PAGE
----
The good thing from familiarity is that Britain is generally prepared for rain and carries on carrying on regardless. There are always things to do for ‘rainy days’ such as popping out for tea and cake, or sheltering in the dark protective womb of a U_monkeysmedieval tavern, warmed by warm ale. There are amusements and fudge making demonstrations and bric-a-brac sales in the village hall, with more tea and cake thrown in. There are theme parks and zoos, where even the monkeys have the good sense to seek shelter while humans negotiate driving rain and wade through puddles to come and look at them [2].

By contrast of course Australia has this sunny image of Lara Bingle on a Whitsunday Beach sounding dumb and asking you where the bloody hell you are [3]. It would surprise some people that it does actually rain in Australia, a fact not usually depicted in adverts for that local beer that everyone drinks…what is it…Fosters or something. Neither, unfortunately, does a test match get washed out. Instead, sun-baked pitches form chasms that swallow English batsmen whole, and the only rain is that of plaudits lauded by the partisan commentary towards Mitchell bloody Johnson.

Still, there is a tendency to assume that when it comes to the weather, she’ll be right. Plans can be made for weeks in advance with the assumption that all is going to be dry and sunny. Wet weather contingency plans rarely feature and, then, if it does rain or even just a few grey clouds appear, whole events are cancelled and people shelter in their suburban homes drinking Fosters and watching Lara Bingle be Lara Bingle. I just think, when it comes to a little bit of rain, Australians are…well how to put this delicately…a bit soft, like Mitchell bloody Johnson before he had that fearsome moustache and bowled a few lucky long hops that got wickets.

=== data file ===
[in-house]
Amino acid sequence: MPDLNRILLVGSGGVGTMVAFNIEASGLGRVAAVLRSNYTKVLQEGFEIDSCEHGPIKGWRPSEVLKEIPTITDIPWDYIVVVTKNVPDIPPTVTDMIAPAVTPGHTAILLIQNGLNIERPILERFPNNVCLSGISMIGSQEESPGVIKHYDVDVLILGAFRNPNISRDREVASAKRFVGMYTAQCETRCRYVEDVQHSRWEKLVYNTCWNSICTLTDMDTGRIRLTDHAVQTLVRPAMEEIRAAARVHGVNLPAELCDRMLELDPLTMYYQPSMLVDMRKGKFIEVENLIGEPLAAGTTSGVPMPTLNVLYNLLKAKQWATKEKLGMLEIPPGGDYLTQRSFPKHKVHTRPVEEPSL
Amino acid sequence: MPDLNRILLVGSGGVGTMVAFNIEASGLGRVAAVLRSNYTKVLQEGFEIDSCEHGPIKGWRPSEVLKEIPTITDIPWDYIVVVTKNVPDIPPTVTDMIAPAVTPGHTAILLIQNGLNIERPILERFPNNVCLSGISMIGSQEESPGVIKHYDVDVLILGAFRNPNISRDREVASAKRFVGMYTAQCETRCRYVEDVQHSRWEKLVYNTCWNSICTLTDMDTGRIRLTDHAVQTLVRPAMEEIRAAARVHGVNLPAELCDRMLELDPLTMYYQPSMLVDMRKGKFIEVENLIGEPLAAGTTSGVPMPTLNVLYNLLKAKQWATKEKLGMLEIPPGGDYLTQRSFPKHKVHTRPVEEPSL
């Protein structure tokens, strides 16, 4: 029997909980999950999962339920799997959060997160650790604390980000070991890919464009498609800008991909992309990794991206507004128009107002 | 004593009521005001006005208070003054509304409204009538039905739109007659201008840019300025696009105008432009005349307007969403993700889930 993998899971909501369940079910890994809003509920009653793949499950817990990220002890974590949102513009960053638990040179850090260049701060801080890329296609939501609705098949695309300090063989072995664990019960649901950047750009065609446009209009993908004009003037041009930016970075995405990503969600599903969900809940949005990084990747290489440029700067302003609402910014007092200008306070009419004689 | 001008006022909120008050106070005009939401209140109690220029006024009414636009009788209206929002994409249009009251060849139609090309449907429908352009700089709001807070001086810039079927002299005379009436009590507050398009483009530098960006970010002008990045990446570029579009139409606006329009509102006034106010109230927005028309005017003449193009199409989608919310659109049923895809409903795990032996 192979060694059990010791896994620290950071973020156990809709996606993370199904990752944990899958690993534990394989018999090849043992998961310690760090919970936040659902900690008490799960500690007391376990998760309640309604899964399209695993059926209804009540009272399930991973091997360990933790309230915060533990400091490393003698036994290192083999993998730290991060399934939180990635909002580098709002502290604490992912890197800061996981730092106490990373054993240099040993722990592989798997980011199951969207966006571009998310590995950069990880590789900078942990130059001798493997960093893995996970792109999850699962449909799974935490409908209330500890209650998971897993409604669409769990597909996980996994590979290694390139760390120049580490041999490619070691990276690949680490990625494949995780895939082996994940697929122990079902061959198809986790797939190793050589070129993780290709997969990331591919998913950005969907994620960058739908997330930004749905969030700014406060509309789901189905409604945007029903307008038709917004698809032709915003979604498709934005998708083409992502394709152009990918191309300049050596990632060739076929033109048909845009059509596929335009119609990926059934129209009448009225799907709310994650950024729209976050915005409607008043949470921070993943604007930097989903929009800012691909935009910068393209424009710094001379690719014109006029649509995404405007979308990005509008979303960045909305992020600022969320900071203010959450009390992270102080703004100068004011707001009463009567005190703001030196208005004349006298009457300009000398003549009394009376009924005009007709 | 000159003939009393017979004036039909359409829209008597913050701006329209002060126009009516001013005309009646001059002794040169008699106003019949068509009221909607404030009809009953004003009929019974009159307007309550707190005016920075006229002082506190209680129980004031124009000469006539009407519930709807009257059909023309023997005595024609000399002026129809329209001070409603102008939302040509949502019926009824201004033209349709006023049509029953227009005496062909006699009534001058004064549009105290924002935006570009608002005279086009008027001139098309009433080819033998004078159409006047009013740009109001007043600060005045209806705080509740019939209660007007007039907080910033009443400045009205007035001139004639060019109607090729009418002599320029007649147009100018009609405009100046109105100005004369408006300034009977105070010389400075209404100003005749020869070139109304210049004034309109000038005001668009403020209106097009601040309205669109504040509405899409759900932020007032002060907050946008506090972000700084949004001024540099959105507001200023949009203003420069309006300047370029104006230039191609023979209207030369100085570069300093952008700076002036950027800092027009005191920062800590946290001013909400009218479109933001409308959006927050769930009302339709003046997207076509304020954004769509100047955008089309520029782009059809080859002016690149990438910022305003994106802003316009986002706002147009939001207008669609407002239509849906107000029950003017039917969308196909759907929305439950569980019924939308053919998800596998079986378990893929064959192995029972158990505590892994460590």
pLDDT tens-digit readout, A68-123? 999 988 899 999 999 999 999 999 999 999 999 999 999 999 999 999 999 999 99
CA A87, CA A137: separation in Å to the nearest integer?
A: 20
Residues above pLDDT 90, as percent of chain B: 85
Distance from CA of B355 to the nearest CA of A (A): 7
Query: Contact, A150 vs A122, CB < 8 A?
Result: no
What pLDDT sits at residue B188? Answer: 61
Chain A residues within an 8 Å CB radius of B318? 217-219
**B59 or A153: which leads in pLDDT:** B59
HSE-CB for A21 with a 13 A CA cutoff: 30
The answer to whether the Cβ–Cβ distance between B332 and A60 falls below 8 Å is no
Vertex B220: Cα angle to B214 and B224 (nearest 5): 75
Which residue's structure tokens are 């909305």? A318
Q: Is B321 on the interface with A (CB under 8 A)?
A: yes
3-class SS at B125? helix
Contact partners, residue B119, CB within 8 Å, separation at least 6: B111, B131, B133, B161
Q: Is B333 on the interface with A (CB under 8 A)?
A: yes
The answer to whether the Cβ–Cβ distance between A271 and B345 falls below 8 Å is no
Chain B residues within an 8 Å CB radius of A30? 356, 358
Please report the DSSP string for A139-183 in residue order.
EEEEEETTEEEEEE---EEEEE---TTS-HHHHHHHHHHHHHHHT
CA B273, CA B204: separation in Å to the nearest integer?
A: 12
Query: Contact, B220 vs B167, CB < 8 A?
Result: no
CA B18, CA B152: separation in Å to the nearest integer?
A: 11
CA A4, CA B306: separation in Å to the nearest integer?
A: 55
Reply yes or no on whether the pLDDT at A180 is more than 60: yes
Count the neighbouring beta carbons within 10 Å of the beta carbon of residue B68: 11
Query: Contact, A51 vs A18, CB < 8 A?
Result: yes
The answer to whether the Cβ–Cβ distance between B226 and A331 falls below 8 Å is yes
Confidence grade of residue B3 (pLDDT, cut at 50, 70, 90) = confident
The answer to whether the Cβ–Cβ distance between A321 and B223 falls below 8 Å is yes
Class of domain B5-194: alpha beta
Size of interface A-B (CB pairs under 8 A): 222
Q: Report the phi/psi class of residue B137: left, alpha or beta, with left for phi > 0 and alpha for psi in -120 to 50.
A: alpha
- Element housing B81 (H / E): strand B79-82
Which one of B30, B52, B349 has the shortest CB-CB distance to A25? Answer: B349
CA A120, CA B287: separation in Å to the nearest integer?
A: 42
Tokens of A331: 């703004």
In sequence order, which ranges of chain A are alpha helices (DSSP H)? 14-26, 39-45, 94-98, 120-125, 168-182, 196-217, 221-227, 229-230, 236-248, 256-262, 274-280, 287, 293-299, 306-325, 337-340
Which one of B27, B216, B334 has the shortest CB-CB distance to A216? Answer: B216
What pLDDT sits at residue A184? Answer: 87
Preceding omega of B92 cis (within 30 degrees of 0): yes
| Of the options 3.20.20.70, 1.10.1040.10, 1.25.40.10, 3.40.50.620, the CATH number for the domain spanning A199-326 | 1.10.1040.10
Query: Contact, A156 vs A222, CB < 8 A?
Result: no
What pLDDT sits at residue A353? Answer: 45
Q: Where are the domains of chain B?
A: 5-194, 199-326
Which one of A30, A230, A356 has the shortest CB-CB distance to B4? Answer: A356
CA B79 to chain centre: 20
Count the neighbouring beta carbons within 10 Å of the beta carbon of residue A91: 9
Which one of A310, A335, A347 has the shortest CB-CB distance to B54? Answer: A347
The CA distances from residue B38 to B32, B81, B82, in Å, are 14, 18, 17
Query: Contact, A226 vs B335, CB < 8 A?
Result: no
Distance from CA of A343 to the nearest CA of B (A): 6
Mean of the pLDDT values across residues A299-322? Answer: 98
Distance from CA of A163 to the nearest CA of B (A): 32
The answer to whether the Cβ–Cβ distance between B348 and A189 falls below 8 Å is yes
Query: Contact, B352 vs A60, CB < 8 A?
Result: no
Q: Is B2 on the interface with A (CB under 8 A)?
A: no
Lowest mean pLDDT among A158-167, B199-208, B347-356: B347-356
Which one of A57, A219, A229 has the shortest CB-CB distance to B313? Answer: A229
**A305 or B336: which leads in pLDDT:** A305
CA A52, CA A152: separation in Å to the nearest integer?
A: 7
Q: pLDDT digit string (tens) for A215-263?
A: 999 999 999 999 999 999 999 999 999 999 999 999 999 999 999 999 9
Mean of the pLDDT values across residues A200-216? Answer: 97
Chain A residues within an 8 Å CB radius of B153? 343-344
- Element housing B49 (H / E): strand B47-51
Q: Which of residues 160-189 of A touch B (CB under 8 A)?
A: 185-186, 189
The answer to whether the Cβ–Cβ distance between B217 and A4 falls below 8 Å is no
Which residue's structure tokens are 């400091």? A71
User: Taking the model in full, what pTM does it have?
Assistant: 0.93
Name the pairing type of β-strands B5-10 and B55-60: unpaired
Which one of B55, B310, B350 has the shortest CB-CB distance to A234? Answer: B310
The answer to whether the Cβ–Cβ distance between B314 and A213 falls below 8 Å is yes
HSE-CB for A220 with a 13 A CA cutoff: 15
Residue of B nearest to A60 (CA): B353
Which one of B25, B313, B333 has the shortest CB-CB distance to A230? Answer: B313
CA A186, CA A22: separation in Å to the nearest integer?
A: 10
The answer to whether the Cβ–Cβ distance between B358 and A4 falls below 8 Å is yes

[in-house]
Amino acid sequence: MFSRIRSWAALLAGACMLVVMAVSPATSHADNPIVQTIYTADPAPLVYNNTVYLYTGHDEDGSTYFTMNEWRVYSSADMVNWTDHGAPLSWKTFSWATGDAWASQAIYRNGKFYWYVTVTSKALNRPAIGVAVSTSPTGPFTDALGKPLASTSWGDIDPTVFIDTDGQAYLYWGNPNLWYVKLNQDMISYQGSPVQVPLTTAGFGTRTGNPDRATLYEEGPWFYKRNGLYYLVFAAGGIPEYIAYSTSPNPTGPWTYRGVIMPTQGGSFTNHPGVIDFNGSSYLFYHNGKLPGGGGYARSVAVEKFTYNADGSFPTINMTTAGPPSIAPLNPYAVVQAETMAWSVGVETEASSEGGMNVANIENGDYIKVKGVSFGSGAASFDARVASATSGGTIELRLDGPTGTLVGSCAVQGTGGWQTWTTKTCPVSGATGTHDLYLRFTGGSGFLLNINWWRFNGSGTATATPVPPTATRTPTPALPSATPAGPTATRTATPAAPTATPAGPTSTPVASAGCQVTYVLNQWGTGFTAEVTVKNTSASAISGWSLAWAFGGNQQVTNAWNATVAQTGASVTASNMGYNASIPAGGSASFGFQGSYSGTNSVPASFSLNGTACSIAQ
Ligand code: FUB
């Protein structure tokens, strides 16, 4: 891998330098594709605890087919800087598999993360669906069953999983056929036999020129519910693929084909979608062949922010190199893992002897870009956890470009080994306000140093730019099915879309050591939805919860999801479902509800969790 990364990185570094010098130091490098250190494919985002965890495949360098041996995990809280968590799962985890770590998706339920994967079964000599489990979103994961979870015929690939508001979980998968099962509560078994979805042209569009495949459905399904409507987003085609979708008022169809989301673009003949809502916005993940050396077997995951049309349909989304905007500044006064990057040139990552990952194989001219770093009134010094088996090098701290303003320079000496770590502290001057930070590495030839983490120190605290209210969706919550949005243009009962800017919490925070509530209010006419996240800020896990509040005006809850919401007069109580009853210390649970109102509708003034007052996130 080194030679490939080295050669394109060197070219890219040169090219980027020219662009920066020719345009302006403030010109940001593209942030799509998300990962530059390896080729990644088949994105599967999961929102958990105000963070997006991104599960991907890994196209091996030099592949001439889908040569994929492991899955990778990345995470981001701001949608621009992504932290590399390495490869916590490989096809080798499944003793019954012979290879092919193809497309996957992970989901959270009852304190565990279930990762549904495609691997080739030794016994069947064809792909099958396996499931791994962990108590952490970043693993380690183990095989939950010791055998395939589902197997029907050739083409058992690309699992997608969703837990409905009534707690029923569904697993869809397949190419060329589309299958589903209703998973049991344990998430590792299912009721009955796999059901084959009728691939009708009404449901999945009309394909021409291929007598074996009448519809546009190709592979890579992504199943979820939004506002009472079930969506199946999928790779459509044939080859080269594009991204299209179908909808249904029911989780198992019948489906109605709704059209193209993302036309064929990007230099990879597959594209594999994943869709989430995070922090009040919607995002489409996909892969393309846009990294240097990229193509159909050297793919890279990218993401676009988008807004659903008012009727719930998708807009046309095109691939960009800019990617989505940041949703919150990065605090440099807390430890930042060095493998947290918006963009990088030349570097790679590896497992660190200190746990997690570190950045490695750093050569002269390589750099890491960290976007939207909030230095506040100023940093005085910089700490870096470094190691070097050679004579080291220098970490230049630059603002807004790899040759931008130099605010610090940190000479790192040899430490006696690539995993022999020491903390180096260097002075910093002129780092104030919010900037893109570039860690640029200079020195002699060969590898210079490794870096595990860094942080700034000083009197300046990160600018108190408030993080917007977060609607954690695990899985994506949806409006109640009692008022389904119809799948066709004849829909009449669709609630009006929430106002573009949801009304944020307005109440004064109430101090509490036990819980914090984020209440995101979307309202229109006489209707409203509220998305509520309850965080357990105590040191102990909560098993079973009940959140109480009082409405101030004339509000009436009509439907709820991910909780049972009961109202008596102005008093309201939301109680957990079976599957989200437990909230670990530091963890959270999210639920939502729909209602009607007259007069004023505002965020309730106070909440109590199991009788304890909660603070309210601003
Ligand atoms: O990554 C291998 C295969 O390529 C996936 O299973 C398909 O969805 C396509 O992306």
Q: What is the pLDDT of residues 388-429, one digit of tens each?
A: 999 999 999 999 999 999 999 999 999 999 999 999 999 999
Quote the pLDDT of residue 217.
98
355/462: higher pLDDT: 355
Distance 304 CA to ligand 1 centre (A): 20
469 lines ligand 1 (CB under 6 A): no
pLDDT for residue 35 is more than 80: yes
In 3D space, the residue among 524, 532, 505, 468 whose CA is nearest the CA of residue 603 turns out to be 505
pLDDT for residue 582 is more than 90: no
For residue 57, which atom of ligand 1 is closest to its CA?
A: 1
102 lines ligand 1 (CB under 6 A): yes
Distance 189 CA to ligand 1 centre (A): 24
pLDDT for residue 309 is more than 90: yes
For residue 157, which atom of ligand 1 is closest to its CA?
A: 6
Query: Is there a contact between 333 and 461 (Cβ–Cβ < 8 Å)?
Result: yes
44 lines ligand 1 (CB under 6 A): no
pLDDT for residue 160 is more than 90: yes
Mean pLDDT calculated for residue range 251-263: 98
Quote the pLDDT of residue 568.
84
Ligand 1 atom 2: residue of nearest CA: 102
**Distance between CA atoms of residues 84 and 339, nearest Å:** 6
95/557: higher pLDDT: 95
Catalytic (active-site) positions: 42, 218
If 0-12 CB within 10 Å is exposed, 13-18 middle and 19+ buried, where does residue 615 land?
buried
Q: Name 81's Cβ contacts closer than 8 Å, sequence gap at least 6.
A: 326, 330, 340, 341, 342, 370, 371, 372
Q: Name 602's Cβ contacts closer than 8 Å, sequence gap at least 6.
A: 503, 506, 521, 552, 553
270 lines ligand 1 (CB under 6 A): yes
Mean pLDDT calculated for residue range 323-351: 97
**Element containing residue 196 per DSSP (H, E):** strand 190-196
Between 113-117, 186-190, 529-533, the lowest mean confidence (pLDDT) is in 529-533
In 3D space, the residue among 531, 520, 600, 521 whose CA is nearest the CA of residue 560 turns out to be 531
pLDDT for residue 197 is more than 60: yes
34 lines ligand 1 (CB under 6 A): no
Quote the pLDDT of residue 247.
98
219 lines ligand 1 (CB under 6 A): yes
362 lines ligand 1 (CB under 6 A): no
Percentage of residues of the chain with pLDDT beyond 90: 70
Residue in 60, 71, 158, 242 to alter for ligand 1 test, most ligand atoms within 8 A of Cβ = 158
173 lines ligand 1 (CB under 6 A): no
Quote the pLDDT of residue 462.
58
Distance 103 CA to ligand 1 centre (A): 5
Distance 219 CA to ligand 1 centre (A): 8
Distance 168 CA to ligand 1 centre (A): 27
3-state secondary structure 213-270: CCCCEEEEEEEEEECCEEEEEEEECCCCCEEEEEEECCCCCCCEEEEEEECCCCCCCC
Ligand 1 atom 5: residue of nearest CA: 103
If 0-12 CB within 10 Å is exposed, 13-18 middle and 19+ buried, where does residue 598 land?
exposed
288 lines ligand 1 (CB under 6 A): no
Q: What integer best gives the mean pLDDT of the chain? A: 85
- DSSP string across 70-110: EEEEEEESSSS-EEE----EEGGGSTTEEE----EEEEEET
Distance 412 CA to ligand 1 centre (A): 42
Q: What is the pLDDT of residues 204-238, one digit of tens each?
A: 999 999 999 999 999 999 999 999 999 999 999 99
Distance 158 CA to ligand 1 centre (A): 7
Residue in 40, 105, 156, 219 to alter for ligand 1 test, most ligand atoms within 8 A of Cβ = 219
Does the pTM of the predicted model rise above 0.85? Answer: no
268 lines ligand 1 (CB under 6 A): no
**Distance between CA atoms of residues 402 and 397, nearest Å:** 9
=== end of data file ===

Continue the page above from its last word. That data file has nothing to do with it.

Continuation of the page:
I can of course include myself in this catch all generalisation of Australians. I too have become accustomed to assuming that days will be dry, which makes it even more frustrating when rain appears. Summer weekends down the coast can be grey and cool and interspersed with rain, which at least makes for a nice car picnic. Sydney can live for weeks with easterlies blowing of the ocean and dumping moisture in endless waves. And in Darwin, well, in Darwin they have a whole season dedicated to rain: the wet…

My one and only visit to Darwin came in February. February: the peak of a hot Aussie summer, when even locals are getting bored of barbecue prawns and one day cricket. But while most of the country basks in a self-satisfied glow, up in the north it is the time when most people in Darwin, if they weren’t already, go mad. The ‘wet’ is a typically Australian to-the-point description of the summer weather in the tropics, a few months shrouded in monsoonal lows and the occasional cyclone. It delivers warm, humid rain, a climate for steamed up glasses and camera lenses and consistent dampness that never goes away. It seems to me, quite horrid.

Holed up in a hotel room it appears as though the rain never eases, never stops for the briefest of interludes. There is no waiting for it to pass and so you have to embrace the wet, taking a tokenistic umbrella which will make very little difference to how damp you actually become. Leaving the sanctum of air-conditioning the humidity is instantly sapping, the pavements and roads and gutters a sheen of water, a danger zone for human aquaplaning and thong blow outs and hidden crocs. But you still push on for an ice cream regardless.